Our Doctor Who SDCC Exclusive weekend continues with an incredible two pack from Character Options. Today we’re taking a look at the SECOND Doctor as well as a Cyberman from the Tomb of the Cybermen serial in 1967. Patrick Troughton portrayed the second Doctor, picking up from William Hartnell in 1966. Troughton was the first regeneration and thus the first “new” Doctor and I have to imagine the pressure for him to perform was major. Doctor Who had been a hit show and replacing the lead actor could have been an epic failure.

However, Troughton nailed the role and the Second Doctor went on to have a pretty good run as the famous character. One of the interesting parts about Doctor Who, basically starts with Troughton’s portrayal. He decided along with the show’s producers to play the role differently. This meant that when the Doctor went through a regeneration, he wasn’t exactly the same person when he came out in a new skin.

That’s not Moe or Shemp.

Essentially although the Doctor retains his memories and intelligence (although sometimes those are altered to an extent) his new body brings with it a new personality. The second Doctor is often referred to as the “cosmic hobo” because that’s in essence how he went about his travels. Bouncing around from place to place, rarely looking for trouble as the previous Doctor had.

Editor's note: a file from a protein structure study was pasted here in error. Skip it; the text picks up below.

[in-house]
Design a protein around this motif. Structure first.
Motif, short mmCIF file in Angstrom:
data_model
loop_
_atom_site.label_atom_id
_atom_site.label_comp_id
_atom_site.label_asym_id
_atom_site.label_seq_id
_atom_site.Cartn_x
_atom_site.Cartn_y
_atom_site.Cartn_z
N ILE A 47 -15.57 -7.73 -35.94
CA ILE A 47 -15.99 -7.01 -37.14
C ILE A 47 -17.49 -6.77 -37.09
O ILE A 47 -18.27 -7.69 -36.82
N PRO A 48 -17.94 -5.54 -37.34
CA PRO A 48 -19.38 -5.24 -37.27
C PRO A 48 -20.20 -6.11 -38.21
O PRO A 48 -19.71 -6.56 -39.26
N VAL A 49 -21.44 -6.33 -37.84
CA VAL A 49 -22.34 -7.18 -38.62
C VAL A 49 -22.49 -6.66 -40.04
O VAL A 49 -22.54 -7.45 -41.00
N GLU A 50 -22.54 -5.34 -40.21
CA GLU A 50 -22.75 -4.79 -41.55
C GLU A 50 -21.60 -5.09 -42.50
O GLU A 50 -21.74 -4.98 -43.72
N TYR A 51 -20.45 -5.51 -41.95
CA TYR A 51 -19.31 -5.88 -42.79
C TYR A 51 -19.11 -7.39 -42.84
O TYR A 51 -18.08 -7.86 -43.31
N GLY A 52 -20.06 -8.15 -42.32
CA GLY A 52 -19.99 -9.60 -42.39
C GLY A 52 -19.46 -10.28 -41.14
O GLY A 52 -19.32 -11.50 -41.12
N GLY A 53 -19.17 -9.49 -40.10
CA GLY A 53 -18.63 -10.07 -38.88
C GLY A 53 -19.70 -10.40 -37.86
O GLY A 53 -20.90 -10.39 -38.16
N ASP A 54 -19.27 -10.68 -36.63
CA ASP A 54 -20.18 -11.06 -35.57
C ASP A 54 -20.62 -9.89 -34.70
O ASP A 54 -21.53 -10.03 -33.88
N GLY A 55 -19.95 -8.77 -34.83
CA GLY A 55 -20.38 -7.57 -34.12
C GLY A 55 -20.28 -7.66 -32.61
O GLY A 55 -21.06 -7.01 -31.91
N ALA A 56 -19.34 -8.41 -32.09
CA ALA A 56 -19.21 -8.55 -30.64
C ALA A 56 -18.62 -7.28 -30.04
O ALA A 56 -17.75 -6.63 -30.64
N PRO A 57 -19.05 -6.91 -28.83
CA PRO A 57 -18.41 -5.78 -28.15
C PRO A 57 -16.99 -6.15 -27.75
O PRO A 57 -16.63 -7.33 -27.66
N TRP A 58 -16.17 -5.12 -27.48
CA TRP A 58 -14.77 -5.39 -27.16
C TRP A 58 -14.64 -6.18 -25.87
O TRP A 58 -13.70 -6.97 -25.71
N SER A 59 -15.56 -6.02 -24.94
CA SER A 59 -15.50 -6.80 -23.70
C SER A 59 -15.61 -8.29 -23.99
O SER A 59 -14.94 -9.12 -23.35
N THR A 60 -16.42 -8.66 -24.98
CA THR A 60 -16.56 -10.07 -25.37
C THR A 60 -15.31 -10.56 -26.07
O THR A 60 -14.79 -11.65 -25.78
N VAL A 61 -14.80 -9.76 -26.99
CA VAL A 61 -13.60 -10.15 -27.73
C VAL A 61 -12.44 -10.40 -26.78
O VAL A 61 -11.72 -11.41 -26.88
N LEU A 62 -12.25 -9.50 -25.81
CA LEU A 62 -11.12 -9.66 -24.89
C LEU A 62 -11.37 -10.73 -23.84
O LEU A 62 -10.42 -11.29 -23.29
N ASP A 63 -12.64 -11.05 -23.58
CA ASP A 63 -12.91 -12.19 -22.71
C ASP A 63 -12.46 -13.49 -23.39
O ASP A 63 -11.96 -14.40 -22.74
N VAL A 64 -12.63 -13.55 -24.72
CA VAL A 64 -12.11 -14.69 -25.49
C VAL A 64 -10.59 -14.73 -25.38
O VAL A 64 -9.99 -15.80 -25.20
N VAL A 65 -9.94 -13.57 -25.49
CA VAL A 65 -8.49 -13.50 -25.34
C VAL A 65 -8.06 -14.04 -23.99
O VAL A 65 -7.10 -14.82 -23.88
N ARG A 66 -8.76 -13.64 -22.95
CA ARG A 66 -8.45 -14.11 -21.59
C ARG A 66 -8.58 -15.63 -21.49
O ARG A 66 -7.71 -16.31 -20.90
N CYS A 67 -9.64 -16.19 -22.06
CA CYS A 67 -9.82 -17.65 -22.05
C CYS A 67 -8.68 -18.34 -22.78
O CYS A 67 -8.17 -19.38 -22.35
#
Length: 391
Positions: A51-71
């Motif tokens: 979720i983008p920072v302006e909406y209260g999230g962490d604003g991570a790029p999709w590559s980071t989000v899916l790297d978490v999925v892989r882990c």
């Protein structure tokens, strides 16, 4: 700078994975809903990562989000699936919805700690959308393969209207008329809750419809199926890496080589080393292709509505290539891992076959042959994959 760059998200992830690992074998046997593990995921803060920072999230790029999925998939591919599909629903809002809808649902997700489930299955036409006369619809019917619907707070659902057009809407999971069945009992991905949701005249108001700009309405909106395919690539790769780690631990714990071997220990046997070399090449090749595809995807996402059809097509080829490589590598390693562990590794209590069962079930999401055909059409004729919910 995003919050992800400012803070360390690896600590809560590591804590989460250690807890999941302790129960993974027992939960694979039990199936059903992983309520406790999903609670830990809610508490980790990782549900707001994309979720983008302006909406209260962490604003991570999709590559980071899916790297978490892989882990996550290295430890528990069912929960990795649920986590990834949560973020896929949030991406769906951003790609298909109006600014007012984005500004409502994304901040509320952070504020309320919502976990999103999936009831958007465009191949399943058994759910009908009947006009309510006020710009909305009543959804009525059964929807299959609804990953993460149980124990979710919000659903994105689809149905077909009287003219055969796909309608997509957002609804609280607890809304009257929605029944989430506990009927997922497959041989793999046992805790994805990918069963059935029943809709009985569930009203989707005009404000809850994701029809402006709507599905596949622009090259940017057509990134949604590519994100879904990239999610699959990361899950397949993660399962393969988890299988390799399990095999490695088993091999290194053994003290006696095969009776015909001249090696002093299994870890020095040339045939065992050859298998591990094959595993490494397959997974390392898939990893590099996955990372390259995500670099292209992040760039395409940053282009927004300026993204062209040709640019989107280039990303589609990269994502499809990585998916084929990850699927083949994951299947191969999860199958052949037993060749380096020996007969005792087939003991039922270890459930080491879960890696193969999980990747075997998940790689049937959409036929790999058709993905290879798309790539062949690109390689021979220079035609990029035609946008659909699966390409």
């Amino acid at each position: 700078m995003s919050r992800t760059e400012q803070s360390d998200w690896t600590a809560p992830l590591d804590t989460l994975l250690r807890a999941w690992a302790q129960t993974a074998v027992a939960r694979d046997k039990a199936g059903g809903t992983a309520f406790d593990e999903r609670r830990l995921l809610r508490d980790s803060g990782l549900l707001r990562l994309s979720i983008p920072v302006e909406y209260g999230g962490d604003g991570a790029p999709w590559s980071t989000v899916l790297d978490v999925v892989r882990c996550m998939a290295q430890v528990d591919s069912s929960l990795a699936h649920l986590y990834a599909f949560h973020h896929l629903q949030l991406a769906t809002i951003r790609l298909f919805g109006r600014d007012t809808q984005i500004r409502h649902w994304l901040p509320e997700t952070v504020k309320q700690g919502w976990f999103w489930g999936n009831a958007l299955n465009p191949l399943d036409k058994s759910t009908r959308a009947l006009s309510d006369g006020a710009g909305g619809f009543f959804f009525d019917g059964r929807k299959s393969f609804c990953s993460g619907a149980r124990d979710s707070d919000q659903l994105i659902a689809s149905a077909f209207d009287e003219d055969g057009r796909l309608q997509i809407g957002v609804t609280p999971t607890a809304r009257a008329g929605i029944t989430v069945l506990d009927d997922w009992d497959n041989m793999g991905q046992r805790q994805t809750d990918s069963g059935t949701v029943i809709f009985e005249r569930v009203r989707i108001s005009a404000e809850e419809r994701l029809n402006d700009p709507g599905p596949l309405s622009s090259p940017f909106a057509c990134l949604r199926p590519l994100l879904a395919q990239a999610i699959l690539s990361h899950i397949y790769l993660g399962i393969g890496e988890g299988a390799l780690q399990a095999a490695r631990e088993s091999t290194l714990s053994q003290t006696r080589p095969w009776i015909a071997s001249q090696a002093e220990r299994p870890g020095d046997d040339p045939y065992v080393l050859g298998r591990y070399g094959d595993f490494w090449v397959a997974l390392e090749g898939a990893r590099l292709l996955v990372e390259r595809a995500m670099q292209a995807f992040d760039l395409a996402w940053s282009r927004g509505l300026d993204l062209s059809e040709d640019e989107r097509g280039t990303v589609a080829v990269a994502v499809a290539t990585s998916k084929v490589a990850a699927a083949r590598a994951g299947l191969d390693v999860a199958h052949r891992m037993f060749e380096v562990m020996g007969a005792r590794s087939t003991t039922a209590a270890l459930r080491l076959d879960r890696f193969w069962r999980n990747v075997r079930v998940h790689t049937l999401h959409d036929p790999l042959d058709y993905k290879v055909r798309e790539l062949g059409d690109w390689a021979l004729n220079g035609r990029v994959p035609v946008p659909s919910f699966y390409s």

Making things slightly more interesting is that he had a largely different outfit than the first Doctor. Since he was younger he didn’t need a walking stick and his clothes were a bit like that of a hobo. He had a large ill fitting coat, suspenders and a bow tie that was rarely if ever straight. Supposedly Troughton took some inspiration from Charlie Chaplin with the character although at first glance you’d peg him as a dead ringer for Moe from the 3 Stooges. It’s a great thing that Troughton’s Doctor was a success or else we wouldn’t be talking about Doctor Who nearly a half century later.

I mentioned the packages yesterday so I won’t spend as much time on them today. However a great note here is just how different these two bubbles are. The bubble card here is less than half of the size of yesterday’s in girth because he comes packaged with a Cyberman instead of a Dalek.